Busting BS: Training students to catch—and call out—fake news and falsehoods

Warning: This article contains foul language; in particular, the word “bulls—” will be used throughout. This article also contains ideas that will make you uncomfortable with your current view of the world; in particular, how you respond to bulls—. Proceed at your own risk.

Students can't help but chuckle as biology professor Carl Bergstrom greets them on the first day of class. It's not often that a teacher says the word "bulls—" more than 10 times in a minute, and this teacher really seems to enjoy saying it.

“So much bulls—,” Bergstrom tells the packed auditorium on March 29. “Everywhere. We’re drowning in it.”

Politicians lie, he says. Science gets simplified by press releases. Startup culture is more hype than substance.

As for ordinary people? They’re not off the hook. “Americans spend nearly an hour a day on Facebook,” Bergstrom says. “Doing what? Mostly spreading bulls—.”

Bergstrom teamed up with Jevin West, an assistant professor in the iSchool, to design a curriculum that explains how to recognize and refute falsehoods—whether they’re disguised as rumors, gossip, bombast, urban legends, shoddy science or fake news. The curriculum is now a 1-credit seminar, candidly titled “Calling Bulls— in the Age of Big Data.”

By studying both statistics and philosophy—yes, there are philosophical texts about BS—students will learn to think critically, scrutinize sources, and call out tall tales with tact and respect. “Why most published scientific results are false” is one reading assignment. Another: “Inside a fake news sausage-factory.” (If you want to follow along at home, all of the materials are on the course website.)

After his profanity-laced introduction, Bergstrom hands the mic to West, who warns that BS is more than empty hype and embellished marketing. “It can get real,” he says. “It can be life or death.”

He pulls up a fake news story about Israel and Pakistan. The bogus report claimed that Israel’s defense minister threatened to nuke Pakistan if they intervened in Syria. After reading the story, Pakistan’s defense minister took to Twitter to respond: “Israel forgets Pakistan is a Nuclear state too,” he wrote, which was interpreted as a casual threat of nuclear war.

“This is crazy,” West says. “This sort of thing is happening all the time.” (He later discussed PizzaGate.)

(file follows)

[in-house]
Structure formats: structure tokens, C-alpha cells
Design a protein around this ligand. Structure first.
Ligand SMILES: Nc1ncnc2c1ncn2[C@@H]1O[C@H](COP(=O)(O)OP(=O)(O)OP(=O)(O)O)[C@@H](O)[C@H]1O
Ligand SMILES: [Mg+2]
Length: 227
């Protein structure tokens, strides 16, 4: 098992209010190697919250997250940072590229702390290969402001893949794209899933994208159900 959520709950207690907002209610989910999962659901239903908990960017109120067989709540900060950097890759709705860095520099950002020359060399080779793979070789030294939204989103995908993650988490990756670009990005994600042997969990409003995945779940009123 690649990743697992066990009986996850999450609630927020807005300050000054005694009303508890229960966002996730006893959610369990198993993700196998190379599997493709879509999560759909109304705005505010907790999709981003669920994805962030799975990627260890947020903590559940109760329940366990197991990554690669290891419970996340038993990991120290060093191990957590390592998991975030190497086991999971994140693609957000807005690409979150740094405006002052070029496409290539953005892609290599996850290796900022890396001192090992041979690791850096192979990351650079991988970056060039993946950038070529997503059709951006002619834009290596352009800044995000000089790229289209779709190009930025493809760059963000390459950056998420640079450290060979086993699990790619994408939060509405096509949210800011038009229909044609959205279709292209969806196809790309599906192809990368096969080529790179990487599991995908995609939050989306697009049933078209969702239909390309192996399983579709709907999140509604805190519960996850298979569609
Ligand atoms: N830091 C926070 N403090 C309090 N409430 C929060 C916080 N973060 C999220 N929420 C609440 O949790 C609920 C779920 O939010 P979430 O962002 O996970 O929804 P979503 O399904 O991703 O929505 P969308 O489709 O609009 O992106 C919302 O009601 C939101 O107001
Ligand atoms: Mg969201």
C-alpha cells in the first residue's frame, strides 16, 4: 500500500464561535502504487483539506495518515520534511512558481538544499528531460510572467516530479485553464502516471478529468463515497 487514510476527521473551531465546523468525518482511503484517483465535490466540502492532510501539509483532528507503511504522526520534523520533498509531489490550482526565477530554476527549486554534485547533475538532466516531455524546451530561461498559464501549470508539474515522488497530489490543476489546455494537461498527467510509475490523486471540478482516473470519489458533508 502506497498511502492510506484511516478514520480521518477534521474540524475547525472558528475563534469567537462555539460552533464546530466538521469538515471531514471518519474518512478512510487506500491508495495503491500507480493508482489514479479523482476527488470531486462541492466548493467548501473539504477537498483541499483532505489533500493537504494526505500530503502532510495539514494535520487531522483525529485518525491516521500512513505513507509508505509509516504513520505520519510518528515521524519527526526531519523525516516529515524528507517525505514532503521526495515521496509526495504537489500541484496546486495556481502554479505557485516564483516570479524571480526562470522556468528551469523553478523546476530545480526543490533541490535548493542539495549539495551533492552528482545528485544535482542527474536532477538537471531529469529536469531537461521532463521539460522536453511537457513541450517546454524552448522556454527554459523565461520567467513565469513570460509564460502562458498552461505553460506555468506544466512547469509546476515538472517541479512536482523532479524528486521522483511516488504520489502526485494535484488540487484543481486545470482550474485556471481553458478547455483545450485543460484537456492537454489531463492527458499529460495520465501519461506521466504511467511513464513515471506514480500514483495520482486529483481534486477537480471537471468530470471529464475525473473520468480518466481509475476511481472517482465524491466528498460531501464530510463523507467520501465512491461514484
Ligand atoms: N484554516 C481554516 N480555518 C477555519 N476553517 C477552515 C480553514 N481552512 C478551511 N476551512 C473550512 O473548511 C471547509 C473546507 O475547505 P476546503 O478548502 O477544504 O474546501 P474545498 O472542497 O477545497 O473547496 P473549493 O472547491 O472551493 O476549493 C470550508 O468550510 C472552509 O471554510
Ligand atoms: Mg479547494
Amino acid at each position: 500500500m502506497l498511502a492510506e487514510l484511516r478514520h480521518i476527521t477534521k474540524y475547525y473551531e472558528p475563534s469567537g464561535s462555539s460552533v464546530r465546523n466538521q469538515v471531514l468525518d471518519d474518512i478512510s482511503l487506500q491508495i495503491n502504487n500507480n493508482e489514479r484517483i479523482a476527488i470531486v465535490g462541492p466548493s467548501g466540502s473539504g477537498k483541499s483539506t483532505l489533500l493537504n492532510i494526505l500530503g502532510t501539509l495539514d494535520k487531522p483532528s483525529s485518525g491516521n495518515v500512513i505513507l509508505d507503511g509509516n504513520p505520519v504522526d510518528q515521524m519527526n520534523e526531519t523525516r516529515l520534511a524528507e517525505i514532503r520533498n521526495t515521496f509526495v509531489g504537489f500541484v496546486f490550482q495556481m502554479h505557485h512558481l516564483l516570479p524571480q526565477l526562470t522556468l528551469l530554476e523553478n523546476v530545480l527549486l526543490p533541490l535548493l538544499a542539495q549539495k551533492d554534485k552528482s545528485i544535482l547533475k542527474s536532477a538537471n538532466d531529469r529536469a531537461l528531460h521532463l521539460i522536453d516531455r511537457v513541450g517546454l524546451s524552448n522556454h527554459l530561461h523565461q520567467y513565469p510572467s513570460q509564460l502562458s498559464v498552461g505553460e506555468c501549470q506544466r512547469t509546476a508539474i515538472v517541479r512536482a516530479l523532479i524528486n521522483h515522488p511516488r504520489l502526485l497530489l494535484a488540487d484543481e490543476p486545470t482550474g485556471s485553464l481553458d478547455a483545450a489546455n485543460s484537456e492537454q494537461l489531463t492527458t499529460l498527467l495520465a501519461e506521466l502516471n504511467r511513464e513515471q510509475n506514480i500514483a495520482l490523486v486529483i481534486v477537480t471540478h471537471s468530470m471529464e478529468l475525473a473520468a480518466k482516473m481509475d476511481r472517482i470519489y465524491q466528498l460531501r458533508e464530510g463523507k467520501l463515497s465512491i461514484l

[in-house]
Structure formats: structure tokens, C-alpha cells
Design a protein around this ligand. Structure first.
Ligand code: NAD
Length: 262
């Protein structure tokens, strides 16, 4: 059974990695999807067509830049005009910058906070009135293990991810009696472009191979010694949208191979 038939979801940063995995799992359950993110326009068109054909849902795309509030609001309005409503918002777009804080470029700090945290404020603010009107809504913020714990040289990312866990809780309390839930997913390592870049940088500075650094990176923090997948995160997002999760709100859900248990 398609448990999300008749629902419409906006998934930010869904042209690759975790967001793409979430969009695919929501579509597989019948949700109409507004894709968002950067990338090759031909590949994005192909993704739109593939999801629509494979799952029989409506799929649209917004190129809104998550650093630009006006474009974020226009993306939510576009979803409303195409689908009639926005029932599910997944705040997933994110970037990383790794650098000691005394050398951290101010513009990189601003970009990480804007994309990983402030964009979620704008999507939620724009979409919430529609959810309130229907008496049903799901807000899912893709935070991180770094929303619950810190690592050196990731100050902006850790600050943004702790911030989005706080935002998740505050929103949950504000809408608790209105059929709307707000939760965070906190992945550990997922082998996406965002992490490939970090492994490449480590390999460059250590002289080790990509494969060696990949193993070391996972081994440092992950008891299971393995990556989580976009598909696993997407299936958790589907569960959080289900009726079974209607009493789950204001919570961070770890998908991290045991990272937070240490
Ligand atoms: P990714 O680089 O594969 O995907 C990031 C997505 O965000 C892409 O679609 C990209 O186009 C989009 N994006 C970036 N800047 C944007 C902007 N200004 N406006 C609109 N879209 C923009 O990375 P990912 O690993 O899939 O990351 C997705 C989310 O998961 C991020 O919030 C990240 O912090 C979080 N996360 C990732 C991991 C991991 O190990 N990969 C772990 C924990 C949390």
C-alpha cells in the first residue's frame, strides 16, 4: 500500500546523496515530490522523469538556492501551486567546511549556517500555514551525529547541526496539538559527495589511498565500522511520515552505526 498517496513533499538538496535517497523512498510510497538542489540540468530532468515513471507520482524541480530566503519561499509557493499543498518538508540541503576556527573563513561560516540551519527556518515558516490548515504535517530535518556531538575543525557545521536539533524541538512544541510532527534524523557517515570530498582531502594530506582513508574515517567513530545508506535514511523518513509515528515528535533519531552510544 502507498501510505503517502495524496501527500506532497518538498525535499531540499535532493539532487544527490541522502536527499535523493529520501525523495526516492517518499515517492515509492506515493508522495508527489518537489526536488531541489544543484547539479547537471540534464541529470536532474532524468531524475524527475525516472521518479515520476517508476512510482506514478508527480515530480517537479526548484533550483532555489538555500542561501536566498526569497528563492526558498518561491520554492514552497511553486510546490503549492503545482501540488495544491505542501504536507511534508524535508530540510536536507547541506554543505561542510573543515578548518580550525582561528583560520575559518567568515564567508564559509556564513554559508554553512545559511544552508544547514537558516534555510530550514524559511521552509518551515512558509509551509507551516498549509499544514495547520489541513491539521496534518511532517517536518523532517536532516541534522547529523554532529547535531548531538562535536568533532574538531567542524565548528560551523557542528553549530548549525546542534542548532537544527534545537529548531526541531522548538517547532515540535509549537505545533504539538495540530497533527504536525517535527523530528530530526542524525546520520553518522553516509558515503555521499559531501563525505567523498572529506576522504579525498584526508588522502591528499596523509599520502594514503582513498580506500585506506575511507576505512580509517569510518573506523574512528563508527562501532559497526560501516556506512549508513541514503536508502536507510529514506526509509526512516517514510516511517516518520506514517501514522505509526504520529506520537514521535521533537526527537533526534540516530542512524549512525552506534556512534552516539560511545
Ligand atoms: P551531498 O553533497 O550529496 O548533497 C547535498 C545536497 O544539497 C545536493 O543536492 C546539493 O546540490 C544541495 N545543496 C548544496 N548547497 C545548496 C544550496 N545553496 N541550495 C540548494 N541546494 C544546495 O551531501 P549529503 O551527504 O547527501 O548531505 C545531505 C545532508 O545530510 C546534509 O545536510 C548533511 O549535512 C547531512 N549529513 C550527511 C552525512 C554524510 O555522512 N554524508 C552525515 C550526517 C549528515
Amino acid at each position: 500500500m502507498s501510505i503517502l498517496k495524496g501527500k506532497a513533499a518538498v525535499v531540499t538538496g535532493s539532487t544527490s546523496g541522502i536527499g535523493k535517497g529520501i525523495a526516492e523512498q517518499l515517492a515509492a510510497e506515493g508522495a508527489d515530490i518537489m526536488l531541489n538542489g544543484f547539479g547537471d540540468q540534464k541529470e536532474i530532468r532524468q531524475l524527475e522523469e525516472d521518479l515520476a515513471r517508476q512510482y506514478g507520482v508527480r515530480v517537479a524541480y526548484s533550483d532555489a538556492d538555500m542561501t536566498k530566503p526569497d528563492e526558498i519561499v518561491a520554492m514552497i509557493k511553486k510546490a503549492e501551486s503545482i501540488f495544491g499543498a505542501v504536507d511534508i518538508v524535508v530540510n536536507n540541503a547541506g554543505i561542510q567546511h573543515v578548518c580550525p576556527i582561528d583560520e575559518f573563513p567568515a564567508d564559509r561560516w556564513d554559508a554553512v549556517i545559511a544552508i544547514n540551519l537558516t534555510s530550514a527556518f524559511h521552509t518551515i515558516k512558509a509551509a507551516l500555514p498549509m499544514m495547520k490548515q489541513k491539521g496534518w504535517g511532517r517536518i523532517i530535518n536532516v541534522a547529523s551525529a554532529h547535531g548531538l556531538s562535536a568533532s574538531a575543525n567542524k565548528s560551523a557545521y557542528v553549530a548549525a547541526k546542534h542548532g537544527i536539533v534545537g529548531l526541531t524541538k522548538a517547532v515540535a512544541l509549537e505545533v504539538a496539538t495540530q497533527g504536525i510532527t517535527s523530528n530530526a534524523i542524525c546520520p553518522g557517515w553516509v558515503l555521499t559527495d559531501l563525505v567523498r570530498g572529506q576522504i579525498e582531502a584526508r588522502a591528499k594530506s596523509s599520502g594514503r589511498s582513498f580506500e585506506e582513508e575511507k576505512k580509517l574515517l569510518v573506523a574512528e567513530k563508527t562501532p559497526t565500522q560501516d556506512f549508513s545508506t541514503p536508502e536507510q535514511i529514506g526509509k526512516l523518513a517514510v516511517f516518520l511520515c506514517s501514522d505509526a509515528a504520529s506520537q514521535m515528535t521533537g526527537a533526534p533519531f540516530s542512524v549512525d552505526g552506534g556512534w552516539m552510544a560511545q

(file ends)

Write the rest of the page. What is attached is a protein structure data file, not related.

Bergstrom and West say the class has been in the works for years and is not a dig at the Trump administration, which has been tied to several high-profile fake news stories. Wherever you fall on the political spectrum, you will probably agree that BS is an ancient art form—a bipartisan way to dupe, swindle and misinform.

But why are Bergstrom and West the right people to teach it?

“What Carl and I do for a living, when we get paid by your tax dollars, is spend a lot of time calling bulls— in science,” West says, referring to the peer review process for articles, proposals and reports. Now, they’re going to show students how to apply the same principles to daily life.

carl bergstrom, Jevin West, calling bullshit, uw

Jevin West and Carl Bergstrom

The seminar, which is a prototype for a 3-credit class to be offered in the fall, has attracted nationwide media attention. As proof of the seminar’s popularity, West pulls up a graph measuring the traffic on their course website. It’s an upward slope that starts with 100,000 views on Jan. 19 and ends with 250,000 views on Feb. 22. West says the graph is evidence of “explosive growth.”

Before he can move on to the next slide, Bergstrom interjects: “Wait a minute,” he says, taking the mic from West. “I’m a little bit suspicious about what we just saw.”

Bergstrom explains how the graph is deceptive: It starts measuring at 100,000 page views—not at zero page views—so we can’t be sure how fast the growth occurred. More important, the graph is measuring total unique visitors, a cumulative statistic that technically cannot decrease. “What do we expect to happen to total unique visitors?” Bergstrom asks. “Of course it’s going up.”

Bergstrom calls this approach “a famous form of graphical bulls—.” Apple CEO Tim Cook once showed a similar graph to shareholders, hoping to mask a gradual slump in quarter-by-quarter sales that year (cumulative iPhone sales, of course, always increase).

That’s why big data is a focus of the class: it’s one of the primary ways that people spread falsehoods and get away with it. After all, numbers and graphs look real and reputable. By taking this seminar, students will learn how to dodge statistical traps and distinguish association from causation.

That’s not to say they’ll become immune to deception. After the class ends, we catch up with Bergstrom and West to ask how often they personally fall for BS.

“All the time,” they say in unison.